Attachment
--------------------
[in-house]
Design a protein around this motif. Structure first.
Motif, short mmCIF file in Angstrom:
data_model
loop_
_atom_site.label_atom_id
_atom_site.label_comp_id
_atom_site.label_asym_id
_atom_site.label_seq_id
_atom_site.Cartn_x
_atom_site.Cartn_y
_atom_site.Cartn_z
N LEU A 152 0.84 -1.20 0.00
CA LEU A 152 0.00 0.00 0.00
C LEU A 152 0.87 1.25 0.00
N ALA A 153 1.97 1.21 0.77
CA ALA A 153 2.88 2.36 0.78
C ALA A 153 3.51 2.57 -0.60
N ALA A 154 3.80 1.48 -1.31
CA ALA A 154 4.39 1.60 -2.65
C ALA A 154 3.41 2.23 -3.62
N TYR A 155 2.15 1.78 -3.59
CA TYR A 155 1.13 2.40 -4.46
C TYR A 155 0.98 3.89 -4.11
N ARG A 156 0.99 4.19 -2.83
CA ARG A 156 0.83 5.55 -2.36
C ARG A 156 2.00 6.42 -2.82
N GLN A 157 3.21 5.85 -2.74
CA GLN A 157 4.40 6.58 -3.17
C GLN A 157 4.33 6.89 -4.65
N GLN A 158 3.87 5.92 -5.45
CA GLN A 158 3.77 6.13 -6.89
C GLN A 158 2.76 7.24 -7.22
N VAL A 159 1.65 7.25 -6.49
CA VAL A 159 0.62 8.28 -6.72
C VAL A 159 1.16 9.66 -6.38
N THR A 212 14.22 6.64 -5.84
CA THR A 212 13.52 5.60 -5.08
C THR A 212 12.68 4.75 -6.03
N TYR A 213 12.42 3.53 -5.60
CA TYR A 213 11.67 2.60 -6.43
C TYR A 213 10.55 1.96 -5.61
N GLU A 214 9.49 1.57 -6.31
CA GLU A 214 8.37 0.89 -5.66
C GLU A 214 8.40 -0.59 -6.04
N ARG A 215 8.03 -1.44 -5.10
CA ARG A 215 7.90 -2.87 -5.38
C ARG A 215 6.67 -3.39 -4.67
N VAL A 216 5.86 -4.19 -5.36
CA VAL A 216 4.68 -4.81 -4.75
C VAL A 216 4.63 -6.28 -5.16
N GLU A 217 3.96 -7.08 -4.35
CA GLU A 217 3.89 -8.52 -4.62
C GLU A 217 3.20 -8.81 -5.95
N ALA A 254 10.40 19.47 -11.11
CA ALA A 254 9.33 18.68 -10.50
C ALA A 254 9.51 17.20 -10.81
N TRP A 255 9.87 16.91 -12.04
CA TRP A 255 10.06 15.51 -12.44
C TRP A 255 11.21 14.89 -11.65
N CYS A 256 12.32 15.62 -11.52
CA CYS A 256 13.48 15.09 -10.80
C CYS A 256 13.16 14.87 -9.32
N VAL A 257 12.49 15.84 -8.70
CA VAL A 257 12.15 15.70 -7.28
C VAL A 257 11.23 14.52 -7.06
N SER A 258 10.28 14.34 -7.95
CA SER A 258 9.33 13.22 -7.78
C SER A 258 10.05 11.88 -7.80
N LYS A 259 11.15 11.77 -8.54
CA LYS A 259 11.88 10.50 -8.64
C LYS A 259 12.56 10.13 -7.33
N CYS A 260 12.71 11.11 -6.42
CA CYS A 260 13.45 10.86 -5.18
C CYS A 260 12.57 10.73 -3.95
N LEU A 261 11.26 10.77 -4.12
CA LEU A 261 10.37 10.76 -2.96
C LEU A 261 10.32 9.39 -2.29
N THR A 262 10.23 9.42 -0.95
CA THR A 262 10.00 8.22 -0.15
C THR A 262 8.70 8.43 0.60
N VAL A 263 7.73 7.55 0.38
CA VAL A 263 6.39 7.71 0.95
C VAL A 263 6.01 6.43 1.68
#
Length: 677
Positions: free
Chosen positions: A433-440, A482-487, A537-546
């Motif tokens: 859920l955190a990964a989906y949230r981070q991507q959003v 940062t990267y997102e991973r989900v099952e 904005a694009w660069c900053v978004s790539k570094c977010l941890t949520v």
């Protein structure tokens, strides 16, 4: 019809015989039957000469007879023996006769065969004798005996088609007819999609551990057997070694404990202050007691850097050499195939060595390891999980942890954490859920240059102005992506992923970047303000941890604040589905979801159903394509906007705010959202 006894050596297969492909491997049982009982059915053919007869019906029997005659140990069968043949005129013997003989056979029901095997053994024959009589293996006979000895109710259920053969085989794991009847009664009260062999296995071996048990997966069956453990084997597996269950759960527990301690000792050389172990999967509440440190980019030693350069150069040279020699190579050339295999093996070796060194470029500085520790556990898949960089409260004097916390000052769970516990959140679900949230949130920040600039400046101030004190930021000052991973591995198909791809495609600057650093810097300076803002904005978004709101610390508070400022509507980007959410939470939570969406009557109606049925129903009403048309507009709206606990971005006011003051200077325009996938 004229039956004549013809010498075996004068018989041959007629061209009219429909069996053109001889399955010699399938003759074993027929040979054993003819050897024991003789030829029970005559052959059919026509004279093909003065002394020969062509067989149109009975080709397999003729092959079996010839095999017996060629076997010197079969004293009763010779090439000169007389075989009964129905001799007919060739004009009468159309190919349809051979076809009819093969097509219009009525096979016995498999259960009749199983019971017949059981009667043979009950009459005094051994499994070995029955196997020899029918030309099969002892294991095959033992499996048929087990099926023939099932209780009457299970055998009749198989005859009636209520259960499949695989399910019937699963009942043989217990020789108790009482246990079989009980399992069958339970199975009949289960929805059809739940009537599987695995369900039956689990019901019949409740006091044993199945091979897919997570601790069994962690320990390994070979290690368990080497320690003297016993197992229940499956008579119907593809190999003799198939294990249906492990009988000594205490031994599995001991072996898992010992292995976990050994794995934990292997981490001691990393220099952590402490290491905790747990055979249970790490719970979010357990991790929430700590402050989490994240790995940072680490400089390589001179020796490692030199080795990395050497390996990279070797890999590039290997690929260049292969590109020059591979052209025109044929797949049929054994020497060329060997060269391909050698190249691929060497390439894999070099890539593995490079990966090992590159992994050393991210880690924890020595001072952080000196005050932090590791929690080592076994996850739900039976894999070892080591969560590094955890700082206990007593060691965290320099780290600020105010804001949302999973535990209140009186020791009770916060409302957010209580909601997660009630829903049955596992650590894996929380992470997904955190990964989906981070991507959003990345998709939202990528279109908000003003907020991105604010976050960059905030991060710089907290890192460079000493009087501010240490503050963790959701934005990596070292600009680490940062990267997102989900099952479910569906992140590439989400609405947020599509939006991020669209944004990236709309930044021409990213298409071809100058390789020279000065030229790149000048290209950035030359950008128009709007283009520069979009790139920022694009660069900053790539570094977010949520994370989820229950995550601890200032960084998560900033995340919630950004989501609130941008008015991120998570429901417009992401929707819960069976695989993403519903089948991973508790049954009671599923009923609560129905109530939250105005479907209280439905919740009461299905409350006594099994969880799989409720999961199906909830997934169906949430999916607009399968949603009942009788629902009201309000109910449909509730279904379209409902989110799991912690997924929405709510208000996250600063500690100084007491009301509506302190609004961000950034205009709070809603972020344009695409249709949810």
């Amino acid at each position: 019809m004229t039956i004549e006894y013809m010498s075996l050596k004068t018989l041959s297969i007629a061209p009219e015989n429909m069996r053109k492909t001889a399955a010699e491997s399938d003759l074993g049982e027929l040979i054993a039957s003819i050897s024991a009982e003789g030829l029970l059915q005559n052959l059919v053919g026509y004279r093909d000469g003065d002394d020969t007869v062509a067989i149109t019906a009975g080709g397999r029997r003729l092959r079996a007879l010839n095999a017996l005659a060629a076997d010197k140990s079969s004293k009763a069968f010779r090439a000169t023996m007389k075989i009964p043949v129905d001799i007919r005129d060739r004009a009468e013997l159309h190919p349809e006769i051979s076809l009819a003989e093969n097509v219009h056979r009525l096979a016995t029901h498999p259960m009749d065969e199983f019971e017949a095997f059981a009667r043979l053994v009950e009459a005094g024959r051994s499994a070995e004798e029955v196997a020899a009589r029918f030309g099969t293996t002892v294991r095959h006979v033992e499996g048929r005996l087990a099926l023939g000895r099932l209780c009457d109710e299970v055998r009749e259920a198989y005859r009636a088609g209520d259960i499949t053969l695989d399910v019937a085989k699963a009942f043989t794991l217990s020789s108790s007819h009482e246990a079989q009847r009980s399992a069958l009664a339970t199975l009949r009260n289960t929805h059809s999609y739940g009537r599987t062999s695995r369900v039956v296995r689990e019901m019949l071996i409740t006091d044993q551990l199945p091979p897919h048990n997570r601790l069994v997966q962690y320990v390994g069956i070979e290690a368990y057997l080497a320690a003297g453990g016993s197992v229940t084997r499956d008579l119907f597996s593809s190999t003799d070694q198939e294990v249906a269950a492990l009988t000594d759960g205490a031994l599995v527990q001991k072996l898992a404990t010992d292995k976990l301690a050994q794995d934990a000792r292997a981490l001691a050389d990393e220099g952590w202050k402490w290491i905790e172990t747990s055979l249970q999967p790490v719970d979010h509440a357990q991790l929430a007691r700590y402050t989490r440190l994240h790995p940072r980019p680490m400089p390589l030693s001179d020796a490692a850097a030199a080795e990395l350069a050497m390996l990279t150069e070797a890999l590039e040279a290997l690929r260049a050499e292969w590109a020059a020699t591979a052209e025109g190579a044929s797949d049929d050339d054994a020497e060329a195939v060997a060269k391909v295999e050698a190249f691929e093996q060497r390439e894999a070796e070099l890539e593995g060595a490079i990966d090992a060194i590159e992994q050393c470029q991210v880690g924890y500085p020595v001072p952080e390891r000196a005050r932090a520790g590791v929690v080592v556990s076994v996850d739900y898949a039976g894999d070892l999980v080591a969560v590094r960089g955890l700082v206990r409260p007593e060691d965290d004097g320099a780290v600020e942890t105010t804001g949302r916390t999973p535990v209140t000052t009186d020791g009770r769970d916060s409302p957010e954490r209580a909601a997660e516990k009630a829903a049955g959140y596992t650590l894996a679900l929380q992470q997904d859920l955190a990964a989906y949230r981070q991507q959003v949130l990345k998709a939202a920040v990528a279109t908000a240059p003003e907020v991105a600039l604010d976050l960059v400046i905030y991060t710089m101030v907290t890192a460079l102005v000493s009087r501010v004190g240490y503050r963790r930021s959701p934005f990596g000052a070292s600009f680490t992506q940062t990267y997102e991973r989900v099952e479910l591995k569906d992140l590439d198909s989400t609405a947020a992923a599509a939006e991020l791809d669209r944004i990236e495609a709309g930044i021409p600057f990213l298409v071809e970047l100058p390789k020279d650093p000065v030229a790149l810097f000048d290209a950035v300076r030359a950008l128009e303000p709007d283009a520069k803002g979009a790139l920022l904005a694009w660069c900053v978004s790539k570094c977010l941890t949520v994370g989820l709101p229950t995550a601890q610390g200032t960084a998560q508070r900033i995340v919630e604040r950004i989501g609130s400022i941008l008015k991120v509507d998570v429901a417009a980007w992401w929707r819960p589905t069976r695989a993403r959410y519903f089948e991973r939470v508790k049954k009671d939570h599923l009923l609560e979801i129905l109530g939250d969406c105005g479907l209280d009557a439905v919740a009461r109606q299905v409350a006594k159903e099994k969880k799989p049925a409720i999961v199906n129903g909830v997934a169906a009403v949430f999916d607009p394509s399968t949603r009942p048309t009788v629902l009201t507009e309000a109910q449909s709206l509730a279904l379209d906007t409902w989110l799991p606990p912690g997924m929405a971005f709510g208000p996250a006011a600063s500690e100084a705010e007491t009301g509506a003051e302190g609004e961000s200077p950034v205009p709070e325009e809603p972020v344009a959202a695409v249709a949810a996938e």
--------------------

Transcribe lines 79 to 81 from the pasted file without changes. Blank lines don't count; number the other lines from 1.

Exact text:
N THR A 262 10.23 9.42 -0.95
CA THR A 262 10.00 8.22 -0.15
C THR A 262 8.70 8.43 0.60